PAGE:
One of my favorite sources for food politics info, The Ethicurean (Chew the Right Thing) has a great opportunity for us all to do something in the wake of the Scary Meat Sitch in this country. Or, to clarify, we can complain to the USDA about proposed meat labelling that will make it even harder to figure out the backstory on meat in the stores. The USDA's proposing creating a new labelling requirement for 'naturally raised' meat that requires said meat to be free of hormones and antibiotics. So far, so good, right? Well, that meat can come from animals who have had zero access to grass, the outdoors, zero natural insemination, zero regulation of whether or not said livestock operations are polluting the air and water with animal waste (intersex fish ring a bell?), and zero attention paid to whether or not the animals were raised humanely. Remind anyone else of the watered-down organics labelling that infuriated so many small farmers?
Here's the thing -- to have an opportunity to register your comment, you have to do it by Monday, March 3! Check out the Ethicurean's post to hear their full take, or just click through to the commenting section below. I have included my response and Ethicurean's talking points below.
Here's the link to give the USDA your comments.
MamaBird's comment: "I completely agree with the Ethicurean talking points (see below) and am outraged that the USDA would want to further obscure meat labeling. I would love to be able to buy my meat in a regular grocery store instead of travelling to pick up meat from a farm, but I can't currently tell from labels which producers are using the methods I support in meat production. I'm not a vegetarian, by the way, just a concerned mother who wants to have quality meat for her kids. Meat that's been grass-fed, meat that is from animals who have had access to pasture, who haven't been horribly overcrowded or fed antibiotics or homones (that are polluting our waterways!), meat from NON-downer animals. Please don't make it any harder for me to buy meat that's safe for my family and good for the environment."
Ethicurean 'naturally raised' meat commentary info:
Important: All comments must reference "Docket No. AMS-LS-07-0131".
Also: Be sure to include your name, address, and if appropriate, affiliation(s) and/or interest(s) in the issue.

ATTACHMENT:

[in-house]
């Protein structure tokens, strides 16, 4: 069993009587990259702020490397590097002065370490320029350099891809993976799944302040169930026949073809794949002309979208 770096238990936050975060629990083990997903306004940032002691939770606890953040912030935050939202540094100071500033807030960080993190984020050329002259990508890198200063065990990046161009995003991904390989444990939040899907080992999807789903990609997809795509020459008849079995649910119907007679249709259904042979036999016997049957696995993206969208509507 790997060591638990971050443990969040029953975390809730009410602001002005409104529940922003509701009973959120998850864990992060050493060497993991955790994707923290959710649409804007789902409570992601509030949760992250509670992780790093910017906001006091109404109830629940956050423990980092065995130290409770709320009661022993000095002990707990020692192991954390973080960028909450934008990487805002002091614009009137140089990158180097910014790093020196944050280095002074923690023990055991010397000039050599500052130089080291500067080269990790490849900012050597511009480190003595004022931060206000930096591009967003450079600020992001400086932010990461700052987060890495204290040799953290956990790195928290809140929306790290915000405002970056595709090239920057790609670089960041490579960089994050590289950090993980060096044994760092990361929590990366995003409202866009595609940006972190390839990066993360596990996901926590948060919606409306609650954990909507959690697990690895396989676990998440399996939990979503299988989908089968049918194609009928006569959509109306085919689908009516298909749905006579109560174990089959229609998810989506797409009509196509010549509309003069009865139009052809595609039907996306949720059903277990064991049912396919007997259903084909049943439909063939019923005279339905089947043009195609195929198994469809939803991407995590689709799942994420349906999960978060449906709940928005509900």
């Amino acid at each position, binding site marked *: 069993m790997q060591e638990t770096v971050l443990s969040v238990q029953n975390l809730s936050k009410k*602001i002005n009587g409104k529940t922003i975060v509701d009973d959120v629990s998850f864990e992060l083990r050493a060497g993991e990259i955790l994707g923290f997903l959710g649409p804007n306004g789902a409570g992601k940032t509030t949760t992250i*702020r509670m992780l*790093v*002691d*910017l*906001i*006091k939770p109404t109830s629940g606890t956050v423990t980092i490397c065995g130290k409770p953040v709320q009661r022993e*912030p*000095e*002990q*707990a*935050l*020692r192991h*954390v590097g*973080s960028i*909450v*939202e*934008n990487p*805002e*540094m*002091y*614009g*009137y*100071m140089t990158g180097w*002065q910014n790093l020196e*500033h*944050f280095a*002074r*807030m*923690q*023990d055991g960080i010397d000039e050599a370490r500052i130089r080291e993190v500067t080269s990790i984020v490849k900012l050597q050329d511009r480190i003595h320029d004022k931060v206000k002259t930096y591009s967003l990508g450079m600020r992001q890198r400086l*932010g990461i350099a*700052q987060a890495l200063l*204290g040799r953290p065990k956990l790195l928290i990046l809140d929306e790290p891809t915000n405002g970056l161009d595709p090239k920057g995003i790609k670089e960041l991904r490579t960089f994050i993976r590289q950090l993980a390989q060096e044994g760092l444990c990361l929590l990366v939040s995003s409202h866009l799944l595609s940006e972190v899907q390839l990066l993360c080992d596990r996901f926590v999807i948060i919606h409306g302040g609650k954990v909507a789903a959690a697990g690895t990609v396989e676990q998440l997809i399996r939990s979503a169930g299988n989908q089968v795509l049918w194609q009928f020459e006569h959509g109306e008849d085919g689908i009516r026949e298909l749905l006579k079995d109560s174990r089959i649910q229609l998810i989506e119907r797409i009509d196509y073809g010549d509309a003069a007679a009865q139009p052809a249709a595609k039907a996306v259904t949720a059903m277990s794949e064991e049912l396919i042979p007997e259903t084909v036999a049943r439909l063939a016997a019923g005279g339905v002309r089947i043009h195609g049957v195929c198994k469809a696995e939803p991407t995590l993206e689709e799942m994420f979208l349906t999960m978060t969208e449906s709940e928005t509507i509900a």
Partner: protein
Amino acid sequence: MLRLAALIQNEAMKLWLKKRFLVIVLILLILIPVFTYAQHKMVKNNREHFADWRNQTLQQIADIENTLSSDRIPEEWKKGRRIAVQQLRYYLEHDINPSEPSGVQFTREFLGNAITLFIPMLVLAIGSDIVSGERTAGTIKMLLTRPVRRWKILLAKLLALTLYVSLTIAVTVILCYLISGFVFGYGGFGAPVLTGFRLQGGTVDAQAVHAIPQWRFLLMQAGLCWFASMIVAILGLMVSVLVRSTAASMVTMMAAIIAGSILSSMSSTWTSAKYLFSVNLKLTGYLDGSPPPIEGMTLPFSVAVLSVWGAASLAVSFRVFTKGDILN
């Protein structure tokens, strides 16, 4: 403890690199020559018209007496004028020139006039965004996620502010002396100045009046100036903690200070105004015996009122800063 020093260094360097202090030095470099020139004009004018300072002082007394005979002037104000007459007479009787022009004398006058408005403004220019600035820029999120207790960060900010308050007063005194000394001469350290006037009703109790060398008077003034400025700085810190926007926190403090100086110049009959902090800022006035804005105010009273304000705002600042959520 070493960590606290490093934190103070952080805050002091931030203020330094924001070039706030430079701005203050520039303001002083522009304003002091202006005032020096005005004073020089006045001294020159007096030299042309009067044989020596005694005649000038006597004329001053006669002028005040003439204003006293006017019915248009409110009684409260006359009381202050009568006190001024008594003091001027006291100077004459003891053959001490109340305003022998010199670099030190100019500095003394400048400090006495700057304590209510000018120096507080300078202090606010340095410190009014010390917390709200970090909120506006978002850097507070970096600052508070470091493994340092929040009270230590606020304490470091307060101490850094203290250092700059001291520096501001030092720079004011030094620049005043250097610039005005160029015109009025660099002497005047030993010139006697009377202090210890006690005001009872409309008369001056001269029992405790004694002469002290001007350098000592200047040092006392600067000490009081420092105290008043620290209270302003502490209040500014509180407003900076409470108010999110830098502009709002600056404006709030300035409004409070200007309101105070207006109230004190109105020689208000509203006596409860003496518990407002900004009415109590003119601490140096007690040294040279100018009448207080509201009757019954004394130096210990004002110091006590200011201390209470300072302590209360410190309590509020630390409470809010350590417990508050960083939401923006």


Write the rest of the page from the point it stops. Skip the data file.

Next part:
Remember: The public comment deadline is March 3, 2008.
- The proposed "naturally raised" standard fails to address many of the high standards consumers expect from sustainable livestock production, including animal welfare, access to pasture, and conservation and environmental requirements. Quite simply, the "naturally raised" label as proposed would not mean what consumers would think it implies and should be abandoned.
- With its less than comprehensive definition of "naturally raised" and seemingly similar relationship to other labels, the proposed label would confuse consumers. It could also undermine the consumer confidence in all other label claims, including the well-established and trusted "certified organic" label which numerous producers have built their respective businesses around.
- The naturally raised label claim would completely defeat a very important purpose of providing the label in the first place – to provide clear and reliable signals to consumers who want to make informed, environmentally-friendly, and healthy choices about their food purchases.
- The implementation of a "naturally raised" claim would further mislead consumers who are already uncertain and skeptical about the meaning of the "natural" label claim currently overseen by USDA’s Food Safety and Inspection Service (FSIS). The natural claim refers to processing of meat whereas the naturally raised claim refers to the production of livestock. The implementation of two distinct claims, both using the term "natural" yet addressing completely distinct issues and administered by two separate agencies will create confusion for consumers and farmers alike.
- Hormone and antibiotic supplementation and the use of animal byproducts as a feed source are extremely important issues that could be succinctly and accurately addressed through individual labeling claim standards. USDA’s Agricultural Marketing Service had previously proposed the development of "no antibiotics used" and "no supplemental hormones used" labels, both of which would provide clear and reliable signals to consumers. This approach would provide consumers with clear, reliable signals that will allow them the opportunity to make informed decisions about what they are purchasing, while sustaining their confidence in the integrity of all USDA process-verified labels.
**Also, I promise that I will post about something other than horrifying food issues some day soon!